gffa:

Hi!  OH MAN THIS IS KIND OF A LONG SUBJECT BUT ONE I LOVE.

For the immediate question you’re asking, I go pretty much with what George Lucas says in the making of ROTJ book:

 

Ben lied, but he didn’t really lie.  That might seem like splitting hairs or getting into semantics, but I think getting into that discussion that misses the point of what I feel George is saying here, that despite technically lying, Obi-Wan was telling Luke an emotional truth, he was telling him what he was ready to hear.  That, in an earlier version of the script, George specifically wrote that Luke wasn’t ready to be told.

I mean, it’s a pretty big thing!  Not only is it a difficult story to wrap one’s head around with only half of the context, but it’s a huge burden to shoulder, the weight of having this connection to someone like Vader and trying to balance that with how he’s going to try to use Luke, how the Emperor will try to use it against Luke as well.

The lack of being ready for that is still woven throughout ESB and ROTJ–when Luke goes to Bespin, he finds out the truth and is so devastated by it, he falls off the balcony rather than stay with Vader, in a move that was basically suicidal.  Mark Hamill has talked more than once about how that’s what was going on with Luke:

That’s how little Luke was prepared to hear that.  To the point that, going to Bespin went so badly for him, that Lando and Leia and Chewbacca missed their chance to go after Boba Fett (who had Han in carbonite on his ship) because they had to go back for Luke to rescue him.

So what else happens when Luke finds out, beyond that moment of potential suicide? Well, we’re seeing it play out currently in the Star Wars ongoing by Soule, where in the immediate aftermath of Bespin/the parentage reveal, Luke has been shown to be dejected and his connection to the Force is so wonky that even Lando calls him out on it, saying that Luke and the Force aren’t on speaking terms right now.

This is a page that’s deliberately evoking our memories of that iconic moment of Vader finding out the truth about the pilot who blew up the Death Star:  Luke Skywalker.

Vader’s rage is so great, as he realizes what this means, that he cracks the glass of the ship around him.  Now, Luke is finding out and he does the same thing!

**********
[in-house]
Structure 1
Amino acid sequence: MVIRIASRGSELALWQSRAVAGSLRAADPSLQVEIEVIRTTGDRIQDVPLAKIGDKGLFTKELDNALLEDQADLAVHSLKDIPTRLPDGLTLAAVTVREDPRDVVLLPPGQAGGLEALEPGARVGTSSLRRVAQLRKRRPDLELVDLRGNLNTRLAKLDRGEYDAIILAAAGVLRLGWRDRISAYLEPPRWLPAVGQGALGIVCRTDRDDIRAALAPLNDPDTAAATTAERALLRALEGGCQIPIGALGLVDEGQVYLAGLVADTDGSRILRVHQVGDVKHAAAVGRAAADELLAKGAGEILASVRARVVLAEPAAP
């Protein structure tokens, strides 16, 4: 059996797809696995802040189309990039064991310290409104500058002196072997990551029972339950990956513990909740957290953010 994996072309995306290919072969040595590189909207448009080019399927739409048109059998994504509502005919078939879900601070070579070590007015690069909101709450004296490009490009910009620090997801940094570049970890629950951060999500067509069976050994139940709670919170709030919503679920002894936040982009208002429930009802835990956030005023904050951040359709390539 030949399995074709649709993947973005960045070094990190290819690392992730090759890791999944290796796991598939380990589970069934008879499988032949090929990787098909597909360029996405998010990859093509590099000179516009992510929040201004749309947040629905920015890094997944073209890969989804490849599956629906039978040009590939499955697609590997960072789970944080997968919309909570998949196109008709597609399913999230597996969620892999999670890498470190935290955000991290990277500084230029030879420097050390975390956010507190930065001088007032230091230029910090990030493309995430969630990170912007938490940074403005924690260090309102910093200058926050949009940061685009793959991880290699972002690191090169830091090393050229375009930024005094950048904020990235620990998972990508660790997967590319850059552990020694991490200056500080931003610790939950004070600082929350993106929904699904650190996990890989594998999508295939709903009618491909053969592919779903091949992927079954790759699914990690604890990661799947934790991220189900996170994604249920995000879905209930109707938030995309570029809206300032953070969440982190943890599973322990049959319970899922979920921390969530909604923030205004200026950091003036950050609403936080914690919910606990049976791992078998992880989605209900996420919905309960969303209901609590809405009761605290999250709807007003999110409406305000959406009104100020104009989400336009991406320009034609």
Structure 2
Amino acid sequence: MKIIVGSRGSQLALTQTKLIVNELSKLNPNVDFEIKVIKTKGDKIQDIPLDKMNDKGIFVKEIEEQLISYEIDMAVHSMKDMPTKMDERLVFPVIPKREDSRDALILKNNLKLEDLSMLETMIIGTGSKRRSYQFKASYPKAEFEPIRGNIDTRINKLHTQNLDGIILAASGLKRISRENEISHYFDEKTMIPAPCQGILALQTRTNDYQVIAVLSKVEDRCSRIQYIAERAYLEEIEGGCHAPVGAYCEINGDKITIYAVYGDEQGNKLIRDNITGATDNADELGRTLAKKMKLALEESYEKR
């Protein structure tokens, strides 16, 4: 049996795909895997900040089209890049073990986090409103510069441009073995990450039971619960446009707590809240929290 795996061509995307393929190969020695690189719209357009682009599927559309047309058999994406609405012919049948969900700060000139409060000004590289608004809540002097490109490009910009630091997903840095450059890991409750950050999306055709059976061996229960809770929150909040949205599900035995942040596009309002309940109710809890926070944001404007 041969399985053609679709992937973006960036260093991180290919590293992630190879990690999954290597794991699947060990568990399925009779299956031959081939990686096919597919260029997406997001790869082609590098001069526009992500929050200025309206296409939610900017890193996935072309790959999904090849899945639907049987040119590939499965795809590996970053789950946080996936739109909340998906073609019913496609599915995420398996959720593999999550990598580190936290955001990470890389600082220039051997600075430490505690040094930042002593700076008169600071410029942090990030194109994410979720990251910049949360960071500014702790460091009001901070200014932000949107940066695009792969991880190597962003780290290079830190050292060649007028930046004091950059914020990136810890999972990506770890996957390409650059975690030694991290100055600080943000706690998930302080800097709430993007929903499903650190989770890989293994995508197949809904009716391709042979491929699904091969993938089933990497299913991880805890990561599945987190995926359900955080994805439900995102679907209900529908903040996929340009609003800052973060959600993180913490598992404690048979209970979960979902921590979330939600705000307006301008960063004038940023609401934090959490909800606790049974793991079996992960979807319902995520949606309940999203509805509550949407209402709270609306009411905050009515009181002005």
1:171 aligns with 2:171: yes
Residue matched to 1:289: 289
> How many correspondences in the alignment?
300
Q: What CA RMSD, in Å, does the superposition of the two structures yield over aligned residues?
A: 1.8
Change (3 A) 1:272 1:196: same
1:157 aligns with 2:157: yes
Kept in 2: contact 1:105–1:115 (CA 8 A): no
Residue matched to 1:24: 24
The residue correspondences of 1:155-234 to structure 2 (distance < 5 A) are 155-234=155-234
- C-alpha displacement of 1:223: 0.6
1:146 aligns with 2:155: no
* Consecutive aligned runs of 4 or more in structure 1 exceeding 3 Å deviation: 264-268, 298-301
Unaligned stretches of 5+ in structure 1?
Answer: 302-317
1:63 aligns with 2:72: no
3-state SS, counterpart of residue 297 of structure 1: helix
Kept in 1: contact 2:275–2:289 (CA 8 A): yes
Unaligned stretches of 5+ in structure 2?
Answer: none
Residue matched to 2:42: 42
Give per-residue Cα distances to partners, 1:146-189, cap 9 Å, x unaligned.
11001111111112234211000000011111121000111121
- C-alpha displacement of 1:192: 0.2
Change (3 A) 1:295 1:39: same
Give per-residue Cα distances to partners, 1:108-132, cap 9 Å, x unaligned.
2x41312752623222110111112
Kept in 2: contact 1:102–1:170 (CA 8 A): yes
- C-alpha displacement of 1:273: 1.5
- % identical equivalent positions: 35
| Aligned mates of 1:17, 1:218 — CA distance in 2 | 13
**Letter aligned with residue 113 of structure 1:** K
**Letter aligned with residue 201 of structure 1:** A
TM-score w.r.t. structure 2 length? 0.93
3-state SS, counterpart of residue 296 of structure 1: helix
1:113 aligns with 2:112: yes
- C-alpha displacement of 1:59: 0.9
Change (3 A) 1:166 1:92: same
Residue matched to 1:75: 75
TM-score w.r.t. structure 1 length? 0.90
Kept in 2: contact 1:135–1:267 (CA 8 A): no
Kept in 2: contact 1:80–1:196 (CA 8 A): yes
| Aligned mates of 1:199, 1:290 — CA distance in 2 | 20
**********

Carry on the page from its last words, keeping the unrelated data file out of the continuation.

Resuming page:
His connection to the Force–and connections to the Force are based on emotion and mental stability, it’s all about how you approach it, whether you’re selfish or selfless, whether you’re calm and compassionate or angry and afraid, that’s literally How The Force Works–is in a really bad place showing that he was not ready for this and, even if we know he’ll find peace with it eventually, it wasn’t the right time or the right way to find out.

This doesn’t mean that Luke isn’t valid for feeling upset about not being told the truth, that’s what the entire conversation with Obi-Wan in ROTJ is about, but Luke also needs to recognize that truths can be subjective, that there are different kinds of truths–technical truths and emotional truths, that sometimes you’re not ready to hear the full truth yet, because it would be too much.

Even before all of this begins, in From a Certain Point of View, Obi-Wan has a conversation with Qui-Gon’s ghost about this, how he says Luke will have to know the truth someday, showing that he never intended to hide it forever.

Qui-Gon responds with that Luke may have immediately been lost, that the whole story would have just confused the hell out of him and led him into a spiral.

Even in Return of the Jedi, when Luke goes to talk to Yoda about the truth being kept from him, they have the following conversation:

LUKE: Master Yoda… is Darth Vader my father?
YODA: Rest I need. Yes. Rest.
LUKE: Yoda, I must know.
YODA: Your father he is. Told you, did he?
LUKE: Yes.
YODA: Unexpected this is. And unfortunate.
LUKE: Unfortunate that I know the truth?
YODA: No. Unfortunate that you rushed to face him… that incomplete was your training… that not ready for the burden were you.
LUKE: I’m sorry.

 

It’s not unfortunate that he knows, but that he wasn’t ready for it.  They always planned–or at least Obi-Wan did, but it’s a reasonable assumption that Yoda agreed as well, it’s not like they didn’t think that Vader wouldn’t tell Luke the first time they met, either, so of course they’d tell Luke eventually, when he was ready for it.

As well as, no, their intention to use Luke to kill Vader was not their goal, George Lucas talked about that in the making of ROTJ book, too, talking about the set up for the scenes when they were storyboarding:

“The mission isn’t for Luke to go out and kill his father and get rid of him.  The issue is, if he confronts his father again, he may, in defending himself, have to kill him, because his father will try to kill him.  This is the state of affairs that Yoda should refer to.”

They were right that Luke wasn’t ready to know the truth, that he was at a dangerous point in his training where he was especially vulnerable to the dark side, and that’s why they kept the truth from him.  But that they always intended to tell him when he was prepared to hear it and understand the bigger truths, rather than just hearing, “Oh, yeah, your dad is alive, but–” and then not listening to another word because Luke wasn’t yet that solidified within himself.